It’s no secret that Italy is one of my favourite places in the world, after the National Parks of America. I love the weather, the romanticism, the food, the more laid-back way of life, the culture and, of course, the history. As a Classics and Latin graduate, I’ve spent a lot of my life learning about Ancient Italy and the Roman empire, so I love anything even somewhat related to that.
A few years ago, I visited Tuscany with my family and fell in love with the area. We stayed in a rented farmhouse in the countryside that was absolutely stunning. It overlooked the rolling hills of the area, with tiny hilltop villages dotted amongst them. If you’re planning a trip to Italy, I’d highly recommend that you rent a villa in Tuscany. It gives you the freedom to explore the local area without being too tied down, while also experiencing the “good life” and rustic charm that is Italy.
But what should you do for your time in Tuscany? I’ve got a few tips:
You can’t go to Tuscany without experiencing the local food. Of course Italy is known for its pizzas and pastas, but head further afield or branch out from your usual on the menu and you’ll find some fantastic options you might not otherwise think to try.
My top tip is to head away from the tourist centres and restaurants that advertise menus to tourists. Instead, pick out one of those tiny hilltop villages and seek out a local eatery there. On our trip to Tuscany, we ended up going back twice to a restaurant we discovered that was spilling over with locals and no other English people. We approached it through a cobbled winding road amongst the narrow buildings where it opened out into a square. We were watched somewhat cautiously by elderly gentlemen watching the sun set and the evening go by on the wall opposite as we pulled up and entered the restaurant. They served fantastic local food – authentic crisp-based pizza made in a super hot, wood fired oven; pasta in fresh, light sauces; tender meat with vegetables in rich sauces.
I actually haven’t personally been Florence, but it’s somewhere I’ve always dreamed of visiting and is high on everyone’s wishlists, being the largest city in Tuscany, but also absolutely packed with history and culture.
If you’re into art and want to escape some of the midday heat, the Uffizi Gallery is highly recommended. If you’d prefer to visit the shops, Florence is known as one of the most fashionable cities in Europe – Via d’ Tornabuoni is renowned for its designer boutiques, or head to San Lorenzo Market for a more authentic bustling market experience or simply to pick up a few souvenirs.
Florence has also been recently ranked by Forbes as one of the most beautiful cities in the world thanks to its stunning architecture, so even if you don’t have a specific destination in mind for Florence, wandering the ancient streets will have you filled with wonder.
It wouldn’t be a list on travel in Italy from me without at least some reference to Roman ruins!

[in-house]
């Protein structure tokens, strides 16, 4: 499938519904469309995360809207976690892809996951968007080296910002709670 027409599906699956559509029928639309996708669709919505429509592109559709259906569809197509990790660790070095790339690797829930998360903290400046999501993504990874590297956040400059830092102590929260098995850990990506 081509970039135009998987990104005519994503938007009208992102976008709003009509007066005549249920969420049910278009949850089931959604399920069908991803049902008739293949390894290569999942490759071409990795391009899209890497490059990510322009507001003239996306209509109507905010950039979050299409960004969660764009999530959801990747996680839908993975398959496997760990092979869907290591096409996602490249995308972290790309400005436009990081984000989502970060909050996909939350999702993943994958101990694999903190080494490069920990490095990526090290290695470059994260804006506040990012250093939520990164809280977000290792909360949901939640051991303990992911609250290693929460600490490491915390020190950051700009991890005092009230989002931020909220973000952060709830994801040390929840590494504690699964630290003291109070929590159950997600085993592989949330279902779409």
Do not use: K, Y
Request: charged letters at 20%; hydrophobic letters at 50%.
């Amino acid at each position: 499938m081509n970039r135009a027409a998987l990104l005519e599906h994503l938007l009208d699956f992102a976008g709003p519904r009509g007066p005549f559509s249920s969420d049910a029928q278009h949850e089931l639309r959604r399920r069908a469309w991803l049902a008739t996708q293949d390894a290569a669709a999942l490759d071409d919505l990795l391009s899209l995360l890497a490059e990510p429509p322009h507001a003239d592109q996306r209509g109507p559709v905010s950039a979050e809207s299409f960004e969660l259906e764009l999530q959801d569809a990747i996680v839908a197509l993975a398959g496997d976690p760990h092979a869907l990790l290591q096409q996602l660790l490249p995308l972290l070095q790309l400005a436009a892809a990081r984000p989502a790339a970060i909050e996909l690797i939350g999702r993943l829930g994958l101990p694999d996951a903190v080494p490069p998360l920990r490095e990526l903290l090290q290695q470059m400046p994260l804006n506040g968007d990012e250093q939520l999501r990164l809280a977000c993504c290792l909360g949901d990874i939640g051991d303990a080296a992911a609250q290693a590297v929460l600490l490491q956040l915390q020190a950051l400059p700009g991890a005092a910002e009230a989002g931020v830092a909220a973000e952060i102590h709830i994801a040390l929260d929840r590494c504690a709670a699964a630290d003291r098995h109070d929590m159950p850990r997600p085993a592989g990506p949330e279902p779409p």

While most people head to Pisa to see the frankly rather remarkable leaning tower, I’m going to recommend something different in Pisa: the Baths of Nero. This archaeological site is the only Roman remains still standing in Pisa, albeit at below street level now, and form a thermae complex. I’ve always been fascinated with these as they were a pretty ingenious invention from the Romans considering how they managed the water systems to have hot and cold rooms so long ago. I think Roman bathing complexes are always worth a visit!
For Roman ruins with a pretty spectacular view, head to Cosa on the coast of south western Tuscany. At 113m above sea level, this was once a Roman colony and port with around 250 houses that have been excavated to date as well as temples, city walls and a possible bath complex. Even if you’re not into the history, the location will win you over.
Italy has a fantastic reputation for wine, with Tuscan wine being amongst some of the best in the world. Thanks to the balmy climate and good weather, Chianta is very well renowned among wine experts and the area is definitely worth a visit.
Many of the restaurants or local wine bars will offer you tastings, but I’d recommend heading directly to the wineries themselves where you can see the wine being produced from plant to bottle firsthand. Some wineries will offer tours of their vineyards and wine cellars in addition to guiding you through expert wine tastings. Even if you’re not a fan of tasting the local wine, the vineyards spreading across the undulating hills as far as the eye can see are a pretty spectacular sight.
It’s not too difficult to find your way further afield if you’re staying in Tuscany, and I recommend a trip to Rome. We took a train from a small local station that took us right into the heart of Rome, allowing us a full day to explore there before heading back again.
In just that short space of time in Rome, you can visit the Roman forum, the Colosseum, try some proper Roman food and gelato, visit the Trevi Fountain and the Spanish Steps, or just wander the streets of Rome…”when in Rome”!
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